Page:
Diwana | Not only is every cuisine represented in London, but odd sub-categories like Indian Vegetarian buffet exist in the restaurant scene. YES. I didn’t love every dish but it being a buffet who cares. Plus it was only £6.95! It was packed with businesspeople on their lunch break – always a good sign.

Diwana Restaurant – 121 Drummond Street / London NW1 2HL / Euston



Pizza Pilgrims | This would go number 4 on my list of best pizzas (1. Una Pizza Napolitana in SF 2. any homemade pizza 3. Zachary’s in Oakland) – it was just a solid, wood-fired oven pizza with great sauce and cheese. Mmm I’m drooling just remembering and I think it’s been almost two months. Long wait, but they’ll serve you cocktails while you wait outside – brilliant! We went to the Soho location but there is another one in Carnaby.

Pizza Pilgrims – 11 Dean Street / Soho W1D 3RP



Drink Shop & Do | I love doing ridiculous things like going somewhere for cake and coffee for breakfast and then going somewhere for tea after. Ottilia does too. This is why we are friends. This was yet another amazing little treasure that Ot spotted from the bus – not only do they serve brunch and lunch and good coffee, they have a whole counter full of homemade, beautiful cakes (frosting is considered optional in Paris – not cool), all the furniture and decorations are vintage and for sale, and they have art classes. When we were there, a bride and her bridesmaids were having tea and making crafts. !!!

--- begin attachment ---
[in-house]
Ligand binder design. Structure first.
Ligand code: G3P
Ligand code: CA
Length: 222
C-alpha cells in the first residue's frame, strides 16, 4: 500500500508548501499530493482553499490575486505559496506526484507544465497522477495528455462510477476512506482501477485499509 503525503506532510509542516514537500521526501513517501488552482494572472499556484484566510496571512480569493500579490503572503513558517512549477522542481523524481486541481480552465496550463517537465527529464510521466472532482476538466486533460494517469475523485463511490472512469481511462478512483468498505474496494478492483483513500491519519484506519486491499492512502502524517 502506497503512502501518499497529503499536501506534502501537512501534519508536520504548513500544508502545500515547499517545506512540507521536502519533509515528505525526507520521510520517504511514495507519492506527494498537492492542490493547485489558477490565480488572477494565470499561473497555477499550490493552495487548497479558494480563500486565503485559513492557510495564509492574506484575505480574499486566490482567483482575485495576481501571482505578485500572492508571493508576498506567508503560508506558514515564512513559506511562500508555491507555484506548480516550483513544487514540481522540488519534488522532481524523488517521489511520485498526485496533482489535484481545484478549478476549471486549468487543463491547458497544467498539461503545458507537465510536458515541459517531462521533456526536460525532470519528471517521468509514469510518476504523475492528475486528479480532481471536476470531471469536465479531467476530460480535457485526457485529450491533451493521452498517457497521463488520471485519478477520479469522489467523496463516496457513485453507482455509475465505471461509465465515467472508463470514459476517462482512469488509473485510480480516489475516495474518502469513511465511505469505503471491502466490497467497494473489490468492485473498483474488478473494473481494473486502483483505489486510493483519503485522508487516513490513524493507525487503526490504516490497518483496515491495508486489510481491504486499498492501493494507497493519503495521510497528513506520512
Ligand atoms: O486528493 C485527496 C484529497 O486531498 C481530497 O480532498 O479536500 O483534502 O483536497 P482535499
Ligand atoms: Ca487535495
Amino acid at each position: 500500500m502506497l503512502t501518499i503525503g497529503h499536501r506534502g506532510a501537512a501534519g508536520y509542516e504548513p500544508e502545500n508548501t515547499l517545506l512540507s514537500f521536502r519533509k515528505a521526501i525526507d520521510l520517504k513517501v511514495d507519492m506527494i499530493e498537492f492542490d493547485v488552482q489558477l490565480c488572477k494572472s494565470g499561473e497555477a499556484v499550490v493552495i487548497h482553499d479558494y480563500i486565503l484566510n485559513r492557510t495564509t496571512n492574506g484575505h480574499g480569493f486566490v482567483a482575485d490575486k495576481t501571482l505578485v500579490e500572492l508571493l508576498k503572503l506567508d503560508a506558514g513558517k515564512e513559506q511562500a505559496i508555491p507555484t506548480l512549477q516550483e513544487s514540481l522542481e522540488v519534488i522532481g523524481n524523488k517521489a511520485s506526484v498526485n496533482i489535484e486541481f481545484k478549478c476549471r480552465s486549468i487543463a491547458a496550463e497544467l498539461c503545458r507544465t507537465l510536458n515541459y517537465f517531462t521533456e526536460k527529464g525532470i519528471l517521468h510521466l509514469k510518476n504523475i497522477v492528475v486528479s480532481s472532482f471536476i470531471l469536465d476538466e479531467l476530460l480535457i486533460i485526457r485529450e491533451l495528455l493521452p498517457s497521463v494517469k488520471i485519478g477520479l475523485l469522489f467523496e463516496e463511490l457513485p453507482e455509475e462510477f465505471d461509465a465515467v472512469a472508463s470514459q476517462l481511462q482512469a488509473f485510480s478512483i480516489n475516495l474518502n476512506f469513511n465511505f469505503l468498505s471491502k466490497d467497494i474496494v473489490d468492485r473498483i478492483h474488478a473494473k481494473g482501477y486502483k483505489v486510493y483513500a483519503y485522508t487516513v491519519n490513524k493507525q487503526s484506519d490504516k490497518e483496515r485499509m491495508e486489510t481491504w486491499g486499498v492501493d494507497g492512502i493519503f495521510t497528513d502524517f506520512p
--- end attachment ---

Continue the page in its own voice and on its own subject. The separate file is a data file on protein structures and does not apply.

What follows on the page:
Drink Shop & Do – 9 Caledonian Road / King’s Cross, London / N1 9DX
020 7278 4335


Tea Rooms | I was obsessed with having a true English-style tea and though Ottilia’s mom is from London so she grew up having tea all the time she was down. We found this place online and it was lovely. We were served copious amounts of little sandwiches, scones, and cakes, and we got TWO full pots of tea! And I learned the hard way that a thin layer of clotted cream is best. (And my friend Amelia has since told me that she puts the jam on first, then puts the cream and lets it sort of melt down, which sounds amazing.) This neighborhood was also full of lovely stores full of high-quality things I didn’t even know I wanted, like really nice gold scissors, and cute cheeky greeting cards.

Tea Rooms – 155 Stoke Newington Church St / London N16 0UH

Cocktails-in-a-can _M&S

Marks & Spencer | We do have this in Paris, but they don't carry everything that they do in the London ones. We discovered CANNED VODKA AND GIN AND TONICS. Genius, practical, and delicious.